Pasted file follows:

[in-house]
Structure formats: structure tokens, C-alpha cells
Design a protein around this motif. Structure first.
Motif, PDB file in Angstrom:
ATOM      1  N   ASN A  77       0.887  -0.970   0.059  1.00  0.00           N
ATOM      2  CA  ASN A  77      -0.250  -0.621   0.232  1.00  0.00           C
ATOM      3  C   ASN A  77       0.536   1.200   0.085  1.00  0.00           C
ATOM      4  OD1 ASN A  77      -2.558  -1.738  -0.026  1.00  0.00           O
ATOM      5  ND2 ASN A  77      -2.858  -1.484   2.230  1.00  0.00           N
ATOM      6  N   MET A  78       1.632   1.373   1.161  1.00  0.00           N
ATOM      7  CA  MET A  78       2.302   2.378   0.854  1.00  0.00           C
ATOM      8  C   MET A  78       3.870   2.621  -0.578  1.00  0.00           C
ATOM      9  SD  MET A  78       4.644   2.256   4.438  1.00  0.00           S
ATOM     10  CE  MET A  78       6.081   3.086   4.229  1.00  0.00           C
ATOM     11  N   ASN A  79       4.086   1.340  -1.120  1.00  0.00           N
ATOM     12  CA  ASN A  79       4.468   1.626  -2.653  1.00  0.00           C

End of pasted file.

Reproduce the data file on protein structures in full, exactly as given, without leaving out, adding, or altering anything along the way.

[in-house]
Structure formats: structure tokens, C-alpha cells
Design a protein around this motif. Structure first.
Motif, PDB file in Angstrom:
ATOM      1  N   ASN A  77       0.887  -0.970   0.059  1.00  0.00           N
ATOM      2  CA  ASN A  77      -0.250  -0.621   0.232  1.00  0.00           C
ATOM      3  C   ASN A  77       0.536   1.200   0.085  1.00  0.00           C
ATOM      4  OD1 ASN A  77      -2.558  -1.738  -0.026  1.00  0.00           O
ATOM      5  ND2 ASN A  77      -2.858  -1.484   2.230  1.00  0.00           N
ATOM      6  N   MET A  78       1.632   1.373   1.161  1.00  0.00           N
ATOM      7  CA  MET A  78       2.302   2.378   0.854  1.00  0.00           C
ATOM      8  C   MET A  78       3.870   2.621  -0.578  1.00  0.00           C
ATOM      9  SD  MET A  78       4.644   2.256   4.438  1.00  0.00           S
ATOM     10  CE  MET A  78       6.081   3.086   4.229  1.00  0.00           C
ATOM     11  N   ASN A  79       4.086   1.340  -1.120  1.00  0.00           N
ATOM     12  CA  ASN A  79       4.468   1.626  -2.653  1.00  0.00           C